Four days of violent protests by garment workers in Bangladesh have started to ease today (3 August), leaving the industry to pick up the pieces following a near collapse in its shipments to the EU, US and Canada.

The unrest caused a combined loss of work worth around US$100m, as well as additional costs of several million dollars to air-freight orders to meet delivery schedules, according to the Bangladesh Garment Manufacturers & Exporters Association (BGMEA).

The demonstrations, which were sparked by anger at the government's new minimum wages, saw pitched battles in Dhaka's central metropolitan region - Ashulia, Savar, Mohakhali, Tejgaon, Gazipur, Fatulla and Narayangant, including the port city Chittagong.

On Sunday, 350 garment factories were shut down in the clothing manufacturing clusters and more than 800 workers and at least 60 policemen were reported injured.

Garment factories caught up in the unrest included Shed, Envoy, Sterling, AM Design, Medlar, Rising, New Age, Metro, Pallmall, Microfiber, Liberty, Midland, Sinha, Opex, Global, Orchid and Azim.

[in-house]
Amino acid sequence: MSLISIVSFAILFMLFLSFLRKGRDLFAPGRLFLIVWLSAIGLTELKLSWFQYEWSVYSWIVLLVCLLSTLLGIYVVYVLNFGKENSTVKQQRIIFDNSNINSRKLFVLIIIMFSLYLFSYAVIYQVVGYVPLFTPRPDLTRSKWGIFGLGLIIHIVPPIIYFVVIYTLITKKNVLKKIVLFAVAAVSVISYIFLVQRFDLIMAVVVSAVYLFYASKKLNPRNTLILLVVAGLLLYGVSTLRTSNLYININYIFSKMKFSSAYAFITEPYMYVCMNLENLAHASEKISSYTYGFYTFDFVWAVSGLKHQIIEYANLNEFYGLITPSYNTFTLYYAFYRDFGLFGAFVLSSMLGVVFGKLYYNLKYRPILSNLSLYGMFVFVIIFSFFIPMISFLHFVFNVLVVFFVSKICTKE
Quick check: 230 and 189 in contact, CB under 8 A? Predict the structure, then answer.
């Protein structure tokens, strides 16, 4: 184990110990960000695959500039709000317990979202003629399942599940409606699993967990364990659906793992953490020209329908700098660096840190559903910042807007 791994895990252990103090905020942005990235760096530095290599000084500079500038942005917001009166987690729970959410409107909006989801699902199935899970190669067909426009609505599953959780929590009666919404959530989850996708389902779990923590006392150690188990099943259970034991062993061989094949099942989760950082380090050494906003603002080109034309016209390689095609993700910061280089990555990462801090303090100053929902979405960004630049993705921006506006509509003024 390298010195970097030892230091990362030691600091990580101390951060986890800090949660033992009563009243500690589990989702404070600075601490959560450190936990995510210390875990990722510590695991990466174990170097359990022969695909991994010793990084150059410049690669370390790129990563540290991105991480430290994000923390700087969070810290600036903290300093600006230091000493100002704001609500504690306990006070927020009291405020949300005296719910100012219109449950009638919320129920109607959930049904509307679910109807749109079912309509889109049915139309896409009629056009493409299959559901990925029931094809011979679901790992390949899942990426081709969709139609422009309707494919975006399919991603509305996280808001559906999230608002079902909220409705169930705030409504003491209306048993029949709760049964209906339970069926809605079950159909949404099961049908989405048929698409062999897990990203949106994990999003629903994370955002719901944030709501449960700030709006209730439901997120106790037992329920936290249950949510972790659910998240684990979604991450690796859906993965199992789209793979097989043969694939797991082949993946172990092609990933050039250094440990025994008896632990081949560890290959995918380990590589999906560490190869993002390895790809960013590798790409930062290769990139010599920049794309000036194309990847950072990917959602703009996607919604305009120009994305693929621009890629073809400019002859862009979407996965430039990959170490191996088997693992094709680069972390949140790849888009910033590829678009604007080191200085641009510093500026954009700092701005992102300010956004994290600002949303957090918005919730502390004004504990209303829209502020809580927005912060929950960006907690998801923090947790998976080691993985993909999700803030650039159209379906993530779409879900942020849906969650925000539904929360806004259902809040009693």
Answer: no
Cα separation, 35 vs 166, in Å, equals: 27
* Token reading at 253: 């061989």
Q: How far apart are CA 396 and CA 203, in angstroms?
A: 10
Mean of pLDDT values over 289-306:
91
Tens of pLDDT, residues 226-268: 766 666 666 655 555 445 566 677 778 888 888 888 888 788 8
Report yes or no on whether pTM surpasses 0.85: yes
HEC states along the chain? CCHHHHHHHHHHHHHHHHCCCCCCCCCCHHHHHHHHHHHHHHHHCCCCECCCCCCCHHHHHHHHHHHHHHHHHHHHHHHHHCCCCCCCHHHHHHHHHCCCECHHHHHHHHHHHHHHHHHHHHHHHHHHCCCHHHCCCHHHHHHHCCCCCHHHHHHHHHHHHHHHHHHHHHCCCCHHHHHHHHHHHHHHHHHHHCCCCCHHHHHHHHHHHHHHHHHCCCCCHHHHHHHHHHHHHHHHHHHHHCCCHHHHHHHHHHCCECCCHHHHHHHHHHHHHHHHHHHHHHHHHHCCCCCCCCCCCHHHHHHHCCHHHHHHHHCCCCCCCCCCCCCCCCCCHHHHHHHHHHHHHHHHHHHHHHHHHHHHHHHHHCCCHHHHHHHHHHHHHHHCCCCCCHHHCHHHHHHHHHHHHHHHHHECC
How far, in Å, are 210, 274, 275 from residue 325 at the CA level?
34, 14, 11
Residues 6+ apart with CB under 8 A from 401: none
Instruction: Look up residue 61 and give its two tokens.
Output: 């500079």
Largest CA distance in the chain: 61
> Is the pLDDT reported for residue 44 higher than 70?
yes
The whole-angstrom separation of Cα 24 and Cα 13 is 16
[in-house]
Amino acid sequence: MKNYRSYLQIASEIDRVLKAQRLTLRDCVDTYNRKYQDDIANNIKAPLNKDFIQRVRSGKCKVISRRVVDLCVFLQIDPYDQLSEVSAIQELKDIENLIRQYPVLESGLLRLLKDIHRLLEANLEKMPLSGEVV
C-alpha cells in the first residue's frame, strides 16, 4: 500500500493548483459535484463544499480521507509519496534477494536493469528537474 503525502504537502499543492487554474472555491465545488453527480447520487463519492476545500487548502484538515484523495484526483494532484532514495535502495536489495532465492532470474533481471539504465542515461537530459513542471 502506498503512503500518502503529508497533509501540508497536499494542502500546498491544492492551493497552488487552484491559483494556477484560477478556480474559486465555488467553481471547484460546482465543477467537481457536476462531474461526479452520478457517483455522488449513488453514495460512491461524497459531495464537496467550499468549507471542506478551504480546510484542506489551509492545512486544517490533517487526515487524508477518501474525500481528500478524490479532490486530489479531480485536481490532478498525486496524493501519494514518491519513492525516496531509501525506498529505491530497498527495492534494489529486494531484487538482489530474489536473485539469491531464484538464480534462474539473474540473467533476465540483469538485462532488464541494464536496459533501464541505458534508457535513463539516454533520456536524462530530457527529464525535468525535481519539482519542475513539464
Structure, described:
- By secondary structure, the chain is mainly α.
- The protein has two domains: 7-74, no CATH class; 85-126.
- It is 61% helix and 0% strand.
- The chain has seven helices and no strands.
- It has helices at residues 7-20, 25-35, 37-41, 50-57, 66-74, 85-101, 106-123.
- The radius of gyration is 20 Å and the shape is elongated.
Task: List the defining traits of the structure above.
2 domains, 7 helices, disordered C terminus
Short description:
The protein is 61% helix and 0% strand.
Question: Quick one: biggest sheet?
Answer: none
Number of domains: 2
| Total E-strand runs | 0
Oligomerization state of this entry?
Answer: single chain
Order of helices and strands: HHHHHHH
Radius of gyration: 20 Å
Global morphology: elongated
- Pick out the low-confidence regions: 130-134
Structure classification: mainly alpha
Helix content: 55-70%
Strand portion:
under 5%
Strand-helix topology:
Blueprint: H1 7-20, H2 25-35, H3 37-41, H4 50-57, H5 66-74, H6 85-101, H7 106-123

Around 400 larger garment factories have now resumed operation under reinforced police protection, and the remaining ones are expected to open again tomorrow (4 August).

The protesting workers argue that the new monthly minimum wage of BDT3,000 (US$43) - which represents an 80% rise on the previous wage of BDT1,662 ($24) - still doesn't meet the high cost of living. Instead, they want it raised even further, to BDT5,000 (US$72) a month.

Factory owners are also expressing concerns that none of the Western retail chains and importers who backed the pay hike have come forward to support them.

"After an 80% revision of wages with an associated 10-20% increase in production costs, we are waiting for increased prices from the buyers who petitioned the Prime Minister to force us to double the wages," lamented BGMEA president Abdus Salam Murshedy.

"We are helpless without an increase in prices from the buyers who engage us to operate factories for them," Murshedy told just-style. "Higher prices would be passed on to the workers," he added.

By Jahir Ahmed.